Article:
[...] Relentlessly busy, visionary, and creatively enterprising, speculating upon the future appreciation of one's present (educational and material) assets, the financially leavened-self treats work as a way to pursue one's purpose. Work as labor - exhausting, exploitative, but performed with and for others - fades into the background of work as the acquisition of self. [...]

alternatively: slides grimly

—p.17 Introduction (1) by John Patrick Leary 1 year, 3 months ago
66

p,,,[ Audaciously taking its name from the shops it set out to displace and superfluous if not sinister in the actual service it purported to offer - a sort of glorified vending machine with facial recognition software - Bodega crystalllized the venality of the tech economy. All that technical expertise, and for what?

daaamn

—p.66 Disruption (65) by John Patrick Leary 1 year, 3 months ago

p,,,[ Audaciously taking its name from the shops it set out to displace and superfluous if not sinister in the actual service it purported to offer - a sort of glorified vending machine with facial recognition software - Bodega crystalllized the venality of the tech economy. All that technical expertise, and for what?

daaamn

—p.66 Disruption (65) by John Patrick Leary 1 year, 3 months ago
78

Today, empowerment is most common as a feminist concept - or at least as a brand identity alluding to feminism. Here as well, the discourse of empowerment is driven by a celebration of individual participation in structures of authority, and less by a critique of the structures themselves. [...] what arose as a critique of the insidious operation of power at the level of the street, the school, the home, and the body - grasping the political in the personal, in short - has become another way of disguising the political by exalting the personal. As Tolentino puts it, "'empowerment' invokes power while signifying the lack of it. It functions like an explorer staking a claim on a new territory with a white flag."

citing Jia Tolentino's NYT piece on empowerment being a thing for women to buy

—p.78 Empowerment (76) by John Patrick Leary 11 months, 1 week ago

Today, empowerment is most common as a feminist concept - or at least as a brand identity alluding to feminism. Here as well, the discourse of empowerment is driven by a celebration of individual participation in structures of authority, and less by a critique of the structures themselves. [...] what arose as a critique of the insidious operation of power at the level of the street, the school, the home, and the body - grasping the political in the personal, in short - has become another way of disguising the political by exalting the personal. As Tolentino puts it, "'empowerment' invokes power while signifying the lack of it. It functions like an explorer staking a claim on a new territory with a white flag."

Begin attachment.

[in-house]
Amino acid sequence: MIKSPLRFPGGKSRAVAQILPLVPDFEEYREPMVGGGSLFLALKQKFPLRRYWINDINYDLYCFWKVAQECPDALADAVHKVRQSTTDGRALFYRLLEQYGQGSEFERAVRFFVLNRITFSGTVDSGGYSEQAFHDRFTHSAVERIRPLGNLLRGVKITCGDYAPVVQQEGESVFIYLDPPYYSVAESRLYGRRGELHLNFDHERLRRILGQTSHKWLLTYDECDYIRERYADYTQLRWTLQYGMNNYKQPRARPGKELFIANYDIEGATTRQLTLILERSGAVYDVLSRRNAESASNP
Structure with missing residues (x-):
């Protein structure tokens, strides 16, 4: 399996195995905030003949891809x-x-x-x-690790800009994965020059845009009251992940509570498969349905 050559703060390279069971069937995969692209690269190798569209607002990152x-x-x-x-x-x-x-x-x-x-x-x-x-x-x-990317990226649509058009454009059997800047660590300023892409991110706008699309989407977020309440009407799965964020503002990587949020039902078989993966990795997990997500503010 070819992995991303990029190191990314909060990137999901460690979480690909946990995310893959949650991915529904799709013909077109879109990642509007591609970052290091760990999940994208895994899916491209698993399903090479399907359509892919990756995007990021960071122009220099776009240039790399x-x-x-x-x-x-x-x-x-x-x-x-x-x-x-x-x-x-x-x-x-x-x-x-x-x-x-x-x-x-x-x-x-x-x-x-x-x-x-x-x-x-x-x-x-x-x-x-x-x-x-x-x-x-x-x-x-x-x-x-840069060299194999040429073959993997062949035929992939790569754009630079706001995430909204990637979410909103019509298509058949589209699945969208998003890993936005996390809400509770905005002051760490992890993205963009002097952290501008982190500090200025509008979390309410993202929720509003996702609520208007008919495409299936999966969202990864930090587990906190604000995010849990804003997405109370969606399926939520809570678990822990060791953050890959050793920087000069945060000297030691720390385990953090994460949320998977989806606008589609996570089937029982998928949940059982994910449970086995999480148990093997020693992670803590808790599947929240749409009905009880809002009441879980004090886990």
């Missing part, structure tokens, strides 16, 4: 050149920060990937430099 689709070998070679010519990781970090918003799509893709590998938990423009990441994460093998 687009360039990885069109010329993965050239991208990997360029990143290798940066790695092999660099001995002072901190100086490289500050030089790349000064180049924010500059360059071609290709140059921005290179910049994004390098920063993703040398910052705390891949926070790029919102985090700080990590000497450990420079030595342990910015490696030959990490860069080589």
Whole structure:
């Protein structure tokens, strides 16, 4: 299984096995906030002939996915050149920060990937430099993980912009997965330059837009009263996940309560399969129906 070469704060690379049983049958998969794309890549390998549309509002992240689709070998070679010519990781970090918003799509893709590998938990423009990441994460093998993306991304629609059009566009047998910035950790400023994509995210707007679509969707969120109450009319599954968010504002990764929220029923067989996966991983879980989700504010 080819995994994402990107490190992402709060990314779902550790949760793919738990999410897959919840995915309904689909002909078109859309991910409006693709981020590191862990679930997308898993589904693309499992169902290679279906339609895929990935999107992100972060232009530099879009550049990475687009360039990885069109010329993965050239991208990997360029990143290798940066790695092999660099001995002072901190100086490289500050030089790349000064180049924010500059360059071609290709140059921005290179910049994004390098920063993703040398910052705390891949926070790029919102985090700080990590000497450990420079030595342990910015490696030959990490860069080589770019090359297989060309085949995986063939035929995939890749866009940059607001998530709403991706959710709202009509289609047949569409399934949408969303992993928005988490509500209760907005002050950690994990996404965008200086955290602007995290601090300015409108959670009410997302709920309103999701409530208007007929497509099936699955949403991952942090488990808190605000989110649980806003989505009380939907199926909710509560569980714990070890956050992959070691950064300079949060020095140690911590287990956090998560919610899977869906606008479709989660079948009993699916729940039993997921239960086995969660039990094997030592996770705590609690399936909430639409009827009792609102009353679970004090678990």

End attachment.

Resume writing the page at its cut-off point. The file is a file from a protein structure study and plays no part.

citing Jia Tolentino's NYT piece on empowerment being a thing for women to buy

—p.78 Empowerment (76) by John Patrick Leary 11 months, 1 week ago
89

[...] The cult of entrepreneurship's commodification of imagination, its celebration of self-sacrifice, and its bootstraps individualism make it a perfect ethic for social disinvestment masquerading as reform and profiteering disguised as charity. Entrepreneurship means that now you're on your own, kid.

—p.89 Excellence (89) by John Patrick Leary 11 months, 1 week ago

[...] The cult of entrepreneurship's commodification of imagination, its celebration of self-sacrifice, and its bootstraps individualism make it a perfect ethic for social disinvestment masquerading as reform and profiteering disguised as charity. Entrepreneurship means that now you're on your own, kid.

—p.89 Excellence (89) by John Patrick Leary 11 months, 1 week ago
96

[...] Sophisticated scheduling software allows managers to plan their employees' schedules days or hours in advance, calibrating them to respond immediately to the smallest fluctuation in demand for labor. Here, it is the employees' time that is made flexible, not the firm's, and workers who want to maintain school commitments, family responsibilities, or even regular free time away from work must bend into shape. Flexible employees, who are ostensibly "free" from managerial pressure to conform to a standard working day, are in fact valued insofar as they assimilate to it.

a thought i had: scheduling software that was designed to prioritise the needs of workers while also keeping the store running ok. people could rank their shift choices, and the algo would optimise for their happiness if at all possible? and anyone who has to take shifts they dont want should be compensated more somehow (by collecctive agreement)

—p.96 Free (96) by John Patrick Leary 11 months, 1 week ago

[...] Sophisticated scheduling software allows managers to plan their employees' schedules days or hours in advance, calibrating them to respond immediately to the smallest fluctuation in demand for labor. Here, it is the employees' time that is made flexible, not the firm's, and workers who want to maintain school commitments, family responsibilities, or even regular free time away from work must bend into shape. Flexible employees, who are ostensibly "free" from managerial pressure to conform to a standard working day, are in fact valued insofar as they assimilate to it.

a thought i had: scheduling software that was designed to prioritise the needs of workers while also keeping the store running ok. people could rank their shift choices, and the algo would optimise for their happiness if at all possible? and anyone who has to take shifts they dont want should be compensated more somehow (by collecctive agreement)

—p.96 Free (96) by John Patrick Leary 11 months, 1 week ago
103

[...] Grit literature also reassures the desperate and frustrated that their situation is still within their control: a few tweaks or a new attitude are all you need to triumph in a job you love. One can imagine, however, how the payoff of such a philosophy could be pointless when it is not cruel. [...] In neither case is there anything different you could now do about it. In other words, grit offers an explanation for what exists rather than giving us the tools to imagine something different.

—p.103 Grit (100) by John Patrick Leary 11 months, 1 week ago

[...] Grit literature also reassures the desperate and frustrated that their situation is still within their control: a few tweaks or a new attitude are all you need to triumph in a job you love. One can imagine, however, how the payoff of such a philosophy could be pointless when it is not cruel. [...] In neither case is there anything different you could now do about it. In other words, grit offers an explanation for what exists rather than giving us the tools to imagine something different.

—p.103 Grit (100) by John Patrick Leary 11 months, 1 week ago